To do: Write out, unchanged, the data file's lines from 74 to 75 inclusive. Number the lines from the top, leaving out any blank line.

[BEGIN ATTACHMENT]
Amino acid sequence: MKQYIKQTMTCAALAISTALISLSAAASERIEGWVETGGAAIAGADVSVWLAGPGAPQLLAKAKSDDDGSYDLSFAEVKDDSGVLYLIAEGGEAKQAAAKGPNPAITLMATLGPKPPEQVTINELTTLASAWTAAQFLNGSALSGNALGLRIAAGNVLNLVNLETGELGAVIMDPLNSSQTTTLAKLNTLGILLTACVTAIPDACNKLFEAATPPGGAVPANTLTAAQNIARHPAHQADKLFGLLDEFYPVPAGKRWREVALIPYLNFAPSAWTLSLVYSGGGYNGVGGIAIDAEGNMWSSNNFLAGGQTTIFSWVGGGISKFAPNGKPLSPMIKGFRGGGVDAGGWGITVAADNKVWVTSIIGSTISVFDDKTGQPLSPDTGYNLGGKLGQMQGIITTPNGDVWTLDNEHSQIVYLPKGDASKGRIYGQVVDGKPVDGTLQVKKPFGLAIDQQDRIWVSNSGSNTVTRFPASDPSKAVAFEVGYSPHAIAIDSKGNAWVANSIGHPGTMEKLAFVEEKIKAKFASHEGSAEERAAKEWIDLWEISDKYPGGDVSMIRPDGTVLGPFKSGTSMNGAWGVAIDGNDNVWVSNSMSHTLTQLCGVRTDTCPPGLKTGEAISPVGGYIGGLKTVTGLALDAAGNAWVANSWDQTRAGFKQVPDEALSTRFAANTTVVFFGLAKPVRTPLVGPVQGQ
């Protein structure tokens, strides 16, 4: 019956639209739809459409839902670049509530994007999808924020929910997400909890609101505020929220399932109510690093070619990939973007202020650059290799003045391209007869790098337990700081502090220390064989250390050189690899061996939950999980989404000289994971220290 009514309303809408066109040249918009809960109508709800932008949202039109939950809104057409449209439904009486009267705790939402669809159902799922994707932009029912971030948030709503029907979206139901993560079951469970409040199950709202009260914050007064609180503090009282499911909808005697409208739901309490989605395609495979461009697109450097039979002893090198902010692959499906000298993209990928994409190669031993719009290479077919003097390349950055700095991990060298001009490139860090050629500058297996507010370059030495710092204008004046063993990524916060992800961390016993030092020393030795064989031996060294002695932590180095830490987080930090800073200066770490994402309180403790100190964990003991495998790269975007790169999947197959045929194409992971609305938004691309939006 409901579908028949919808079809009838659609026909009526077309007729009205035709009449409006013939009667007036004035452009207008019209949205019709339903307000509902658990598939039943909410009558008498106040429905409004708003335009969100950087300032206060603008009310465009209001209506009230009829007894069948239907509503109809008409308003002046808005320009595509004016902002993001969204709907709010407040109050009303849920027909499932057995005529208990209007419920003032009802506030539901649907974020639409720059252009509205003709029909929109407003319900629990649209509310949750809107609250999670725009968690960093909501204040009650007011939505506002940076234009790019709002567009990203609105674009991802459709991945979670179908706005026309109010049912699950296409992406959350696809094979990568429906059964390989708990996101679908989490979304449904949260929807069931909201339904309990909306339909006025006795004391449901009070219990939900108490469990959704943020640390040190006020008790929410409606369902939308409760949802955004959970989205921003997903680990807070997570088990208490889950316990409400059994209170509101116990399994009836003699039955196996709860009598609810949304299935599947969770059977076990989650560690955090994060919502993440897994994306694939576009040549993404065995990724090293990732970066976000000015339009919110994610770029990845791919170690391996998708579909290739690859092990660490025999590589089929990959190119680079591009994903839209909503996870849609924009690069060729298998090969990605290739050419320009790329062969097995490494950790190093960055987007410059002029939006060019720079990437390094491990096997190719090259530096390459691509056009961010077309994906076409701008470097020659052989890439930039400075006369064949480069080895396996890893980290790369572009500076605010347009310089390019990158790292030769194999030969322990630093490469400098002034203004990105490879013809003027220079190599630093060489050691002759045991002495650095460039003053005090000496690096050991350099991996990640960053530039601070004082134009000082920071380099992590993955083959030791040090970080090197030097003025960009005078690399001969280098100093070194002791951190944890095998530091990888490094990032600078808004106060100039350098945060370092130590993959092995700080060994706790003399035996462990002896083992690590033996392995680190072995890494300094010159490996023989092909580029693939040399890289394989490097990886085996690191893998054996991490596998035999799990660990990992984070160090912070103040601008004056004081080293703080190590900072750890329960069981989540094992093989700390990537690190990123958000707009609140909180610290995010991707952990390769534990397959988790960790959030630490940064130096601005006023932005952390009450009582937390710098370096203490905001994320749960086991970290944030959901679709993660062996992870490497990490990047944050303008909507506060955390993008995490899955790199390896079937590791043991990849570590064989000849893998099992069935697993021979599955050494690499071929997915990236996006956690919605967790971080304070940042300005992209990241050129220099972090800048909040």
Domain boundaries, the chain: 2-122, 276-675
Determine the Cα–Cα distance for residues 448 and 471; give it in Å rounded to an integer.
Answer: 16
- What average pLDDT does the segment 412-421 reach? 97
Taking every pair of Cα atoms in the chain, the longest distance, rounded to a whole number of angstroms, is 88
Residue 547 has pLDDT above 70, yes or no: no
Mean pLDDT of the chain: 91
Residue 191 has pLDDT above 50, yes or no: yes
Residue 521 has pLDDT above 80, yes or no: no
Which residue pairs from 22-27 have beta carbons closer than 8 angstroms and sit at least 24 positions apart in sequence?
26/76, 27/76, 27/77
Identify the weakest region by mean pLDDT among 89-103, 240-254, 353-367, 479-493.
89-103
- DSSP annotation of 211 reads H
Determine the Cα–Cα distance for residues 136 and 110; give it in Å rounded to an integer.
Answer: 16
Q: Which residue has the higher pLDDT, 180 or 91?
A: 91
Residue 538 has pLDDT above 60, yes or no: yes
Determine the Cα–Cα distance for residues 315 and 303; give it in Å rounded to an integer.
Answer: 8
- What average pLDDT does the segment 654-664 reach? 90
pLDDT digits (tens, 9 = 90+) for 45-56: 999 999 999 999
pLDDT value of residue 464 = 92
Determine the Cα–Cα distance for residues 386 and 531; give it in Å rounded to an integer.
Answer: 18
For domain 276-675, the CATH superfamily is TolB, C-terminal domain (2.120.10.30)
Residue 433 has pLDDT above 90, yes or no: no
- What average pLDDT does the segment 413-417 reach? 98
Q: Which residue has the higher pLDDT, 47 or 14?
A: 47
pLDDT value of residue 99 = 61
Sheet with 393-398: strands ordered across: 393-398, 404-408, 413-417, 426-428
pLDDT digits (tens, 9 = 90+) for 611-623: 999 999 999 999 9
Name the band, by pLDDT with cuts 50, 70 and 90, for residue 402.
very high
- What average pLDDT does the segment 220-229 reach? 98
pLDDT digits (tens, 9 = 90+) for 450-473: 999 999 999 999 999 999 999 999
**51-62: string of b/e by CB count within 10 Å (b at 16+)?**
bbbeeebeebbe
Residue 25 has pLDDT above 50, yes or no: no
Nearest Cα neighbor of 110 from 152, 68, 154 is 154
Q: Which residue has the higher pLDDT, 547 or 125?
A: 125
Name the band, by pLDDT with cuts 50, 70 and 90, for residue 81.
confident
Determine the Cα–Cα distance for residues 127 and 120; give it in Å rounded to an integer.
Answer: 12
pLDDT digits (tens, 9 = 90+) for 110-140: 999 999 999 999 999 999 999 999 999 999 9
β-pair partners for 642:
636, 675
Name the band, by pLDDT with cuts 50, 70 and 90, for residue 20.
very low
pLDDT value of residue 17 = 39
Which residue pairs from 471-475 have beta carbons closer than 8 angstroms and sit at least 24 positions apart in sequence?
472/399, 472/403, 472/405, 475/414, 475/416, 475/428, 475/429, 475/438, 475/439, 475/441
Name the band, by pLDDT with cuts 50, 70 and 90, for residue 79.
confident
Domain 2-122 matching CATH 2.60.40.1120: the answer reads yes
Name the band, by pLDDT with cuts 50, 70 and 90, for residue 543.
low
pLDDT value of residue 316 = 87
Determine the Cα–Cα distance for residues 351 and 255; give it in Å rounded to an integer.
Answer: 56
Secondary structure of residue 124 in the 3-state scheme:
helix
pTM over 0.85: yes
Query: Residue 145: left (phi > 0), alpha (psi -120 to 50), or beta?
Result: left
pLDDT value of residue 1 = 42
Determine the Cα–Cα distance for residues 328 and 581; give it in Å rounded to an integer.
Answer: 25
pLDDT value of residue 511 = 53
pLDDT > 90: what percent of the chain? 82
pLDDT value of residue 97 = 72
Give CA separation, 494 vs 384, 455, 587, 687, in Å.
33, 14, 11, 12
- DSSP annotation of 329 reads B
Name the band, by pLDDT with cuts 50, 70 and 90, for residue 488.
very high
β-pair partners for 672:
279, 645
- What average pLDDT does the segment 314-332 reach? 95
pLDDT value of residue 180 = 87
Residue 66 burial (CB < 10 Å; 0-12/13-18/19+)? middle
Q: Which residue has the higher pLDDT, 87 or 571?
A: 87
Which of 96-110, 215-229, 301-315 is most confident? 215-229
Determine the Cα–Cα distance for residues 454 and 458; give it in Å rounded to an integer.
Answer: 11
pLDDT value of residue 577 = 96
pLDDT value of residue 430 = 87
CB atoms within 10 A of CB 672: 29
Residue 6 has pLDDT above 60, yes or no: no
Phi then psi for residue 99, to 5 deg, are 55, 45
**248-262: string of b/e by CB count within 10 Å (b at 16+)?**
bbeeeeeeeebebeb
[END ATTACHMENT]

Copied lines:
Answer: 25
pLDDT value of residue 511 = 53